A few weeks ago the Supreme Court notified Congress of this year’s proposed amendments to the Federal Rules of Criminal Procedure. Without further congressional action, the new rules will become final in December 2016. Several amendments to Rule 41, which governs search and seizure warrants, have generated some opposition on the grounds that they are unlawfully confer new legal powers on the government and are unconstitutional. As I explain below, however, those legal objections are not well-founded. The amendments only loosen venue requirements, removing artificial geographical constraints on the issuance of certain types of warrants.  

Originally proposed in 2014, the Rule 41 amendments would authorize federal judges to issue warrants for seizure or copying of electronic information whether or not the information is geographically located in the judge’s district. Whereas the previous version of Rule 41 only allowed judges to issue warrants authorizing extra-district searches in terrorism investigations or for crimes committed in various places where the federal government has extraterritorial sovereign authority (consular premises, embassies, etc.), new Rule 41(b)(6) adds explicit authorization for out-of-district searches using “remote access” under two narrow circumstances.

The first circumstance is when the actual location of the physical hardware of the computer or information to be searched “has been concealed through technological means.” The change eliminates an anomaly in the previous version of Rule 41 that would not have authorized remote-search warrants when the geographical location of a computer was hidden behind some sort of anonymity technology. New Rule 41(b)(6)(A) would allow remote searches of websites like the infamous “Silk Road” drug marketplace, which concealed its location behind a Tor hidden service. Although the government has not disclosed what methods it would use for remote searches under this amendment, it seems clear that the new rule would at least allow courts to issue warrants that authorize the government to hack a computer hidden behind such a service.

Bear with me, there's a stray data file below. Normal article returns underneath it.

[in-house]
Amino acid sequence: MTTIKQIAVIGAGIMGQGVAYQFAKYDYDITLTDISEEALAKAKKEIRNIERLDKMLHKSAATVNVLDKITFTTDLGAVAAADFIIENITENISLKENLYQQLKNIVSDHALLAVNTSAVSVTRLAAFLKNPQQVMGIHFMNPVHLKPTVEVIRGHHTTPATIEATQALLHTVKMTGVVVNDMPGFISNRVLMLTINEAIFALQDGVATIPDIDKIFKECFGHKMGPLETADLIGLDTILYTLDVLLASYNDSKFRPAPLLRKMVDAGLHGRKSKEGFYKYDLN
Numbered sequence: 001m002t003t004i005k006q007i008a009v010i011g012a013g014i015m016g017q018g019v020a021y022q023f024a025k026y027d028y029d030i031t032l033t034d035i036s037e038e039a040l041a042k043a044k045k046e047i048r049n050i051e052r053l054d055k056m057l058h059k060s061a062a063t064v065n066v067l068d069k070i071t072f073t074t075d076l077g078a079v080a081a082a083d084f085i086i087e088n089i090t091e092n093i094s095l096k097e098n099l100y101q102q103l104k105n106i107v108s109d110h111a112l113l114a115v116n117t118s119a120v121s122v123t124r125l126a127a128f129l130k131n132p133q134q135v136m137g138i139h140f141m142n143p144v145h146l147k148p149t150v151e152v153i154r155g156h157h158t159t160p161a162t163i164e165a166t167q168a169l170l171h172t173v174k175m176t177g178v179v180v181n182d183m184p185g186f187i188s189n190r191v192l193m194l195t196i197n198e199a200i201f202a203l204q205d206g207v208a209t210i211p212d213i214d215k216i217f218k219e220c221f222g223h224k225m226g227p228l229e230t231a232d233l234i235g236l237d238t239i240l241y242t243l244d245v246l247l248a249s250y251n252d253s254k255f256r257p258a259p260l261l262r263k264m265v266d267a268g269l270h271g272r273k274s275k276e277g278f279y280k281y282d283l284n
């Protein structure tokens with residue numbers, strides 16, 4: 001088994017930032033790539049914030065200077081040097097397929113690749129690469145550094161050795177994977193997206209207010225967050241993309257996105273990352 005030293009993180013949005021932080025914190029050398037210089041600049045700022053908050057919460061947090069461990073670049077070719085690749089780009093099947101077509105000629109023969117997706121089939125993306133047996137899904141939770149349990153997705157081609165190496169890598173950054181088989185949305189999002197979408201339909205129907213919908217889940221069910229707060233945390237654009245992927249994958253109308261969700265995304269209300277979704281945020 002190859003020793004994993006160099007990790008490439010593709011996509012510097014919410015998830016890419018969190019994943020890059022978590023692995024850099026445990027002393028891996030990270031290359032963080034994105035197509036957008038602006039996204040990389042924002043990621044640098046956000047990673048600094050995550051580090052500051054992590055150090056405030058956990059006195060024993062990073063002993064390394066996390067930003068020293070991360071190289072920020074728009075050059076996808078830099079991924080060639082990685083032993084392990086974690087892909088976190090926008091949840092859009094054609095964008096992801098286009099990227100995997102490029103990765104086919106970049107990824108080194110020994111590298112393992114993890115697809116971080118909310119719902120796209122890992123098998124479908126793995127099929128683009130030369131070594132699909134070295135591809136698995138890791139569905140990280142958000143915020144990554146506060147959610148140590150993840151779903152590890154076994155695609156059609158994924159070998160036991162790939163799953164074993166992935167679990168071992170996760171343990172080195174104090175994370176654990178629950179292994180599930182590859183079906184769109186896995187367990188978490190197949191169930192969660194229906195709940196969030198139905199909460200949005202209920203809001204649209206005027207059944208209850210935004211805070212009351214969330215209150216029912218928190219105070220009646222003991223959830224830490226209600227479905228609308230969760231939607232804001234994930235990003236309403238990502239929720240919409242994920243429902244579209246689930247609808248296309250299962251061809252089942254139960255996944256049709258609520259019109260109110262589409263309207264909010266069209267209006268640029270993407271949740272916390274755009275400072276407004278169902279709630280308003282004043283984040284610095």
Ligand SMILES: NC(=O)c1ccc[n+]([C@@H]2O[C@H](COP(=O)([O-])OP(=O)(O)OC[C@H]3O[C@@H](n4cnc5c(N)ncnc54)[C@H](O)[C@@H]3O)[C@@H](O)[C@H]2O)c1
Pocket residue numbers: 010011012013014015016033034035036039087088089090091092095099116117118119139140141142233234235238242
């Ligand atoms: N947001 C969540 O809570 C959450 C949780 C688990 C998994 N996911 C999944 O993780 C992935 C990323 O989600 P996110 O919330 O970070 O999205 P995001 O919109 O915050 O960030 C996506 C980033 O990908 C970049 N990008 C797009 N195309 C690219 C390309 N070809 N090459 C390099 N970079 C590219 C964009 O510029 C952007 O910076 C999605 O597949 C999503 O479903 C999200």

The second circumstance involves mass damage to computers. New Rule 41(b)(6)(B) establishes three elements for obtaining such a warrant. First, the warrant must be sought as part of an investigation of a violation of intentional damage to a protected computer under 18 U.S.C. § 1030(a)(5). Second, the computer or computers to be searched must have been targets of the damage. Third, those damaged computers must be spread across at least five judicial districts. This amendment is most probably intended to facilitate more efficient investigations of rapidly-spreading malware or so-called “botnets,” groups of computers that have been hijacked and harnessed into a network controlled by the hijacker. For years, cybercriminals (organized and otherwise) have used botnets for a wide variety of illegal purposes, such as illicit bitcoin mining, theft of credit-card information, or dissemination of spam. More recently, the government and private-sector actors have pursued criminal and civil remedies to seize control of botnets and shut them down.

Critics have raised two primary legal objections to the amendments. (There are also a variety of policy objections, but I won’t address those here.) The first is this: The changes are more than “merely a procedural update” because the rule creates “new hacking powers” in violation of the Rules Enabling Act, which says that the federal rules “rules shall not abridge, enlarge or modify any substantive right.” Under this argument, the amended rule “creates new avenues for government hacking that were never approved by Congress.”